Oil executives and other right-wing blowhards who like to claim that renewable sources will never constitute a significant share of the American energy market are half-right. I say half-right because while our country may have the underlying technology and capacity, our hapless elected leaders, unfortunately, lack the political will. Nowhere was this more on display last week than (surprise, surprise) in the nation's capital, where solar energy advocates suffered a double-whammy.
Many a start-up's hopes were dashed when the Bureau of Land Management, in its infinite wisdom, decided to place a moratorium on the construction of new solar plants on public land in six Western states until it had a chance to examine their environmental impact -- a process that could take up to two years. To make matters worse, the Senate again failed to extend a tax credit package benefiting wind, solar and other renewable energy projects. Not surprisingly, these setbacks have sparked a wave of consternation from energy companies and Silicon Valley types whose projects could be left high and dry when the credits expire at the end of this year.
This could not have come at a worst time. While most sectors continue to languish under the weight of the crumbling economy, the alternative energy industry has remained buoyant -- supported by strong venture capital interest and a newfound interest in clean energy. No market has arguably benefited as much from this boom as the solar market.
According to a report by the market intelligence firm iSuppli, worldwide investments in photovoltaic (PV) technologies will reach the same level as those for semiconductors by 2010. The real kicker, as Salon's Andrew Leonard explained, is that the economies of scale this would produce would result in most countries achieving grid parity -- the magical point at which electricity produced from PV cells costs the same (or less) than electricity derived from conventional fossil fuel sources -- by 2018.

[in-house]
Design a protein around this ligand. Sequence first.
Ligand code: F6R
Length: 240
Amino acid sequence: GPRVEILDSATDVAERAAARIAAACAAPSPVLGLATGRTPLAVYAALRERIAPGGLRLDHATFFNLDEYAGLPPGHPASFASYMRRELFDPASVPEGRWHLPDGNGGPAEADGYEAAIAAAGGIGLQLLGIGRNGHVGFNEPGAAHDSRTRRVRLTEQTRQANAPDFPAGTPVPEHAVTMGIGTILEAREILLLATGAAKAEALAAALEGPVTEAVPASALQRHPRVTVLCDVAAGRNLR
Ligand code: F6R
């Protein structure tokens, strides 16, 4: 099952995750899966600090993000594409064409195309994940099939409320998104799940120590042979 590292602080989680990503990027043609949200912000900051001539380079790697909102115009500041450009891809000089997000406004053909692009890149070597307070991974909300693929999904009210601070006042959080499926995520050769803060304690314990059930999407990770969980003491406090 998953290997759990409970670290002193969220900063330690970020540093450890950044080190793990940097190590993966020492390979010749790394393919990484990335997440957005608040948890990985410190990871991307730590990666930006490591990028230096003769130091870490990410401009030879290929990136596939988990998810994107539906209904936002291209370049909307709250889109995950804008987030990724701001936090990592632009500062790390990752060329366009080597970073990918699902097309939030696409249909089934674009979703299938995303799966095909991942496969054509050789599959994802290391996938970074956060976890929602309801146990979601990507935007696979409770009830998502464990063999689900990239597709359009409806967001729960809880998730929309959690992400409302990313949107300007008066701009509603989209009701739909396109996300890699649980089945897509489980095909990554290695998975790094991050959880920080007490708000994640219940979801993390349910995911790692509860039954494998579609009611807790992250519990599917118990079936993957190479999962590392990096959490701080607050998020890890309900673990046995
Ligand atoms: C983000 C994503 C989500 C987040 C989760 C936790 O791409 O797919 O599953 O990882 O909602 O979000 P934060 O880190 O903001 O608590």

"People forget, wind and solar power are here, they work, they can go on your roof tomorrow. What they need now is a big U.S. market where lots of manufacturers have an incentive to install solar panels and wind turbines -- because the more they do, the more these technologies would move down the learning curve, become cheaper and be able to compete directly with coal, oil and nuclear, without subsidies.
That seems to be exactly what the Republican Party is trying to block, since the Senate Republicans -- sorry to say, with the help of John McCain -- have now managed to defeat the renewal of these tax credits six different times."
Now I don't mean to minimize the (legitimate) concerns of environmental groups like the Wilderness Society, who worry about the impacts solar plants could have on biodiversity and other natural resources. And the BLM has said that will process the more than 130 applications it received before May 29. The fact is, however, that this is still a young industry -- meaning that any major setback could do it irreparable harm. Also, given the stakes, I think one could argue the benefits of continuing solar energy development far outweigh any potential cost.
What is particularly telling is that while the BLM may have adopted a more cautionary approach to solar energy, it -- or, I should say, the Bush administration -- seems to have no qualms about lifting the restrictions on offshore drilling. No wonder we still don't have our act together.
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